South Mountain by Rick Reeve

South Mountain by Rick Reeve
South Mountain by Rick Reeve depicting the wounding of General Garland

Saturday, May 29, 2010

"Rest on, embalmed and sainted dead"

On this Memorial Day weekend, I invite everyone to take a few moments to reflect on what it means to be free. On both our soil and foreign, our men and women have laid down their lives so that we may be able to enjoy the freedoms that today enjoy. I feel this way because just last month, I was on a class field trip and towards the end, we went on a tour of Civil War monuments within Arlington National Cemetery. AS we concluded, we headed over to the area where the dead of the Iraq and Afghanistan wars are buried. While there, my class acted quite disrespectful to the point where my fiance and I decided against joining my classmates who were at the grave of a former Shepherd University student. While we were waiting for them to return, we noticed a marine walking among the headstones kneeling at one here and another there. It was a sight that broke my heart. He would kneel, spend a few moments, rise up and give one final salute to a fallen comrade. My fiance and I remained at a distance while he was moving about and after awhile of doing this, the marine turned to leave. As passed us, he looked over at us and the sadness on his face was quite difficult to bear. I wish I could have told him 'thank you' for his service and sacrifice because he was there honoring his fallen friends and I could not personally thank those that made, in the words of Abraham Lincoln, " their last full measure of devotion". Thank You to all you service men who are serving our country and to those of you above, thank you for giving your precious lifes blood so that I can sit here and type this up. I'll close with an excerpt from "The Bivouac of the Dead" by Theodore O'Hara.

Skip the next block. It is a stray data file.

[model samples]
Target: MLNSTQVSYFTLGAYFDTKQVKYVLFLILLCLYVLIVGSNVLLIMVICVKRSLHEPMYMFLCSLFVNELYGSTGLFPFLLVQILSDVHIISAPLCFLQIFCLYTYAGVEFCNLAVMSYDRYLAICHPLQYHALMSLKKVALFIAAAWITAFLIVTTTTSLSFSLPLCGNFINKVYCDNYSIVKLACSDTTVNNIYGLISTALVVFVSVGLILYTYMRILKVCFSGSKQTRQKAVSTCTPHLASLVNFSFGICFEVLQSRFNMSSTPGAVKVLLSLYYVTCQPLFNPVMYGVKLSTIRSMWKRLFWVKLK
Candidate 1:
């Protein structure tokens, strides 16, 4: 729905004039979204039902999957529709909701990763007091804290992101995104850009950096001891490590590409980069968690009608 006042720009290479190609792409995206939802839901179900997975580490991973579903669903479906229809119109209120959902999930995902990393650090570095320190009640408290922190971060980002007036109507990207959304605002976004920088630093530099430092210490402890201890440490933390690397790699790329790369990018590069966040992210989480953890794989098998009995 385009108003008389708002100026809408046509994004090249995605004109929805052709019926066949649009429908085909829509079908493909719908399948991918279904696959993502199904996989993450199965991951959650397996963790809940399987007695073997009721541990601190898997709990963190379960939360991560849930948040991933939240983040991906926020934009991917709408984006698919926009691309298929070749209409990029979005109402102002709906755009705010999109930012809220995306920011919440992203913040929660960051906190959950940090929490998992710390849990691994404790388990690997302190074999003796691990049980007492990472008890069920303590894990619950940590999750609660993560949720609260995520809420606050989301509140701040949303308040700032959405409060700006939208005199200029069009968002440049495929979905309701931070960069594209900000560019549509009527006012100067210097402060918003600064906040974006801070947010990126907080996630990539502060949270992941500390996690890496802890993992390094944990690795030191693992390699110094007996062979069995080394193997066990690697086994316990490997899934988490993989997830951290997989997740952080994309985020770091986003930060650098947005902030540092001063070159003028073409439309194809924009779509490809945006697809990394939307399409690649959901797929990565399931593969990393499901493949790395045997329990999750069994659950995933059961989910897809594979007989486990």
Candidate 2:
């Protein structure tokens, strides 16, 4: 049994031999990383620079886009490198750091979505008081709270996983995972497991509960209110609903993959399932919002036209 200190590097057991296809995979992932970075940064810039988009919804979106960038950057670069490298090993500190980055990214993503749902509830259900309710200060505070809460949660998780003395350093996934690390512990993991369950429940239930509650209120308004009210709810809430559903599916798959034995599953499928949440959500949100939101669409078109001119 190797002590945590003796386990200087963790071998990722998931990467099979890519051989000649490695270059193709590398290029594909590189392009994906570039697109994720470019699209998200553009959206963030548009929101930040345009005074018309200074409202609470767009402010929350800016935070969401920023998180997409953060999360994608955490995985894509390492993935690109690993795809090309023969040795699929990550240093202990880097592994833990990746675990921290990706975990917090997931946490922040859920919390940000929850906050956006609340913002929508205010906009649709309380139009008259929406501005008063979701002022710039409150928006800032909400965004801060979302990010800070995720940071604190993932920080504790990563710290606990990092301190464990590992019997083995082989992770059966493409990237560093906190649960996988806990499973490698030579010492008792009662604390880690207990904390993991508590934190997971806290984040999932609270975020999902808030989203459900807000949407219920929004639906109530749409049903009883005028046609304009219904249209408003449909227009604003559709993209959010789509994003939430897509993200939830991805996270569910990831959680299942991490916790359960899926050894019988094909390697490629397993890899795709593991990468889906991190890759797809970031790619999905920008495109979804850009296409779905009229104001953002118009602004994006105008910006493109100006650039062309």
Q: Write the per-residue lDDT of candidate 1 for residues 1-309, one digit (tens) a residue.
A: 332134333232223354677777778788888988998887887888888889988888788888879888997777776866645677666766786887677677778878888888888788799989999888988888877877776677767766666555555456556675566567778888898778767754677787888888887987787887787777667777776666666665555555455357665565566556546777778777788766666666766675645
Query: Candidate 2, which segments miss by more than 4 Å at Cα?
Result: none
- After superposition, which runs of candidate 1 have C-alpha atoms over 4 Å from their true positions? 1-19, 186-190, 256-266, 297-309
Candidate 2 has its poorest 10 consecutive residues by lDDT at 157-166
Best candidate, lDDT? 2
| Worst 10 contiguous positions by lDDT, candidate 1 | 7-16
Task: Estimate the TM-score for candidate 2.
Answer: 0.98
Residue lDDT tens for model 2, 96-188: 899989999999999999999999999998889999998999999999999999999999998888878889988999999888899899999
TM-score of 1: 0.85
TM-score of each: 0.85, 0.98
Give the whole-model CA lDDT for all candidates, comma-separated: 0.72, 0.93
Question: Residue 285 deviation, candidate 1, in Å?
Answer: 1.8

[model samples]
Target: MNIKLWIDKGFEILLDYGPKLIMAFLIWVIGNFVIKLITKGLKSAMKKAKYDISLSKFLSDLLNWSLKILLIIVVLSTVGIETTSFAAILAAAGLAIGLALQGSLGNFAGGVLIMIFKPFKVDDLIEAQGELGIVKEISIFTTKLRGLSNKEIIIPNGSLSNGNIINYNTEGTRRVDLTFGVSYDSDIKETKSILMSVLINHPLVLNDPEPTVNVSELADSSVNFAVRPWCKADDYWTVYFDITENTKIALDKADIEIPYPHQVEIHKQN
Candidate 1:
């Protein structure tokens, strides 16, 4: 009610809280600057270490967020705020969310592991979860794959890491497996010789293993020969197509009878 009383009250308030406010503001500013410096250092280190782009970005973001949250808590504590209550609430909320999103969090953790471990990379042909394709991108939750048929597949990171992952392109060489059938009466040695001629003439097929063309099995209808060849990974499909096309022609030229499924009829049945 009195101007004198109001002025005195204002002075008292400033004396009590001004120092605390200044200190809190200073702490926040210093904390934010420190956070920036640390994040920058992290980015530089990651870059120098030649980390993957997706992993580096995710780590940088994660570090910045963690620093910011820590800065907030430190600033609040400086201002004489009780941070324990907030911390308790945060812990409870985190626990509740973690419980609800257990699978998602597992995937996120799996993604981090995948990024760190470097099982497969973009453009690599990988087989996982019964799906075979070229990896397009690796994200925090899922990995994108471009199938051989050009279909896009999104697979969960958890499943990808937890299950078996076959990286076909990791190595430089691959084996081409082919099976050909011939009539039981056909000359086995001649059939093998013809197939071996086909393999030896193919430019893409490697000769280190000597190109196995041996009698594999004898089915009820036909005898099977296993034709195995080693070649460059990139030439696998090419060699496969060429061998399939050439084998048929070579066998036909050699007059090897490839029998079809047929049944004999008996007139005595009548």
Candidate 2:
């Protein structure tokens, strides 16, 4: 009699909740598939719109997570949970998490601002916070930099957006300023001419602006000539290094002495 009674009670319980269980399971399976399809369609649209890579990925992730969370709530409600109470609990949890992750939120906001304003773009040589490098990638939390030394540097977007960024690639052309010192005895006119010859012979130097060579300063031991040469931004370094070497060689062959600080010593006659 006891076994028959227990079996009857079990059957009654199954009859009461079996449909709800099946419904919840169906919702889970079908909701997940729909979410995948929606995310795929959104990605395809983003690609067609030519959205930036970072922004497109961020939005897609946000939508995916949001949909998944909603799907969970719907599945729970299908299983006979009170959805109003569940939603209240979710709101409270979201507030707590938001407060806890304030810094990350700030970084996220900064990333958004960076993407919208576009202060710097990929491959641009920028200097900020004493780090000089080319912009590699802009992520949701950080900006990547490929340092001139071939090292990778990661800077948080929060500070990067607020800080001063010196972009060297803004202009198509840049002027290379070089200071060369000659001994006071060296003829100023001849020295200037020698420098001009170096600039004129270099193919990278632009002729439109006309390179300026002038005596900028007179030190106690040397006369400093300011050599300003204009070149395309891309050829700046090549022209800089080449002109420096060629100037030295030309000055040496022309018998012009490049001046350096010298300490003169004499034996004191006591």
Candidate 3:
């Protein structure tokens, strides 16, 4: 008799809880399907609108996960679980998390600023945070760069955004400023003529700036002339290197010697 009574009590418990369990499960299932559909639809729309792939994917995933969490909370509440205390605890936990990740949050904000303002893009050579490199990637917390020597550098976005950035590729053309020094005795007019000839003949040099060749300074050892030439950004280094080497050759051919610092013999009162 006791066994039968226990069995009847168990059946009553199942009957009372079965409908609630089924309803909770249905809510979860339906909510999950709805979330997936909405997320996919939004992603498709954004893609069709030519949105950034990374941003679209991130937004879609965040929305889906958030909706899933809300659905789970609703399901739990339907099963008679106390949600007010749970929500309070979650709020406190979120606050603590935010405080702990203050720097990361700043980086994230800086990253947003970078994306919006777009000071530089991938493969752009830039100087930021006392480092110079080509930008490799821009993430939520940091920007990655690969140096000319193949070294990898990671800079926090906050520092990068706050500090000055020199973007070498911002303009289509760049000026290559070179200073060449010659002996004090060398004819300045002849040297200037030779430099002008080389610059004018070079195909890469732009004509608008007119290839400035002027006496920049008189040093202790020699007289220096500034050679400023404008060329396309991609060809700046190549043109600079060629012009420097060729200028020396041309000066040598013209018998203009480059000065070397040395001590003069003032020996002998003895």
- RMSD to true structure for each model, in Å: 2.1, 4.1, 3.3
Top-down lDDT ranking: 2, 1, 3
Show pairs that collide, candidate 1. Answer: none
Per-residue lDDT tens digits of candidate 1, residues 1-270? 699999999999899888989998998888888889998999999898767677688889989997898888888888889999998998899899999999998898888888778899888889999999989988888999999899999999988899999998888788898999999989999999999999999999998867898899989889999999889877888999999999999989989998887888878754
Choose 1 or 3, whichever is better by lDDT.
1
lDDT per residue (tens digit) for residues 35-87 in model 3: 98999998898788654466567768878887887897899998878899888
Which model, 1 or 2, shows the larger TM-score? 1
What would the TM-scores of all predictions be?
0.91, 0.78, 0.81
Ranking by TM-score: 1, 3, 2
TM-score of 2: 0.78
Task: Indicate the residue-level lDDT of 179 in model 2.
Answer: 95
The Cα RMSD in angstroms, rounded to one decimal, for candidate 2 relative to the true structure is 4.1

The muffled drum's sad roll has beat
The soldier's last Tattoo;
No more on life's parade shall meet
That brave and fallen few.
On Fame's eternal camping ground
Their silent tents are spread,
And glory guards, with solemn round
The bivouac of the dead.

Rest on, embalmed and sainted dead,
Dear as the blood ye gave,
No impious footstep here shall tread
The herbage of your grave.
Nor shall your glory be forgot
While fame her record keeps,
For honor points the hallowed spot
Where valor proudly sleeps.

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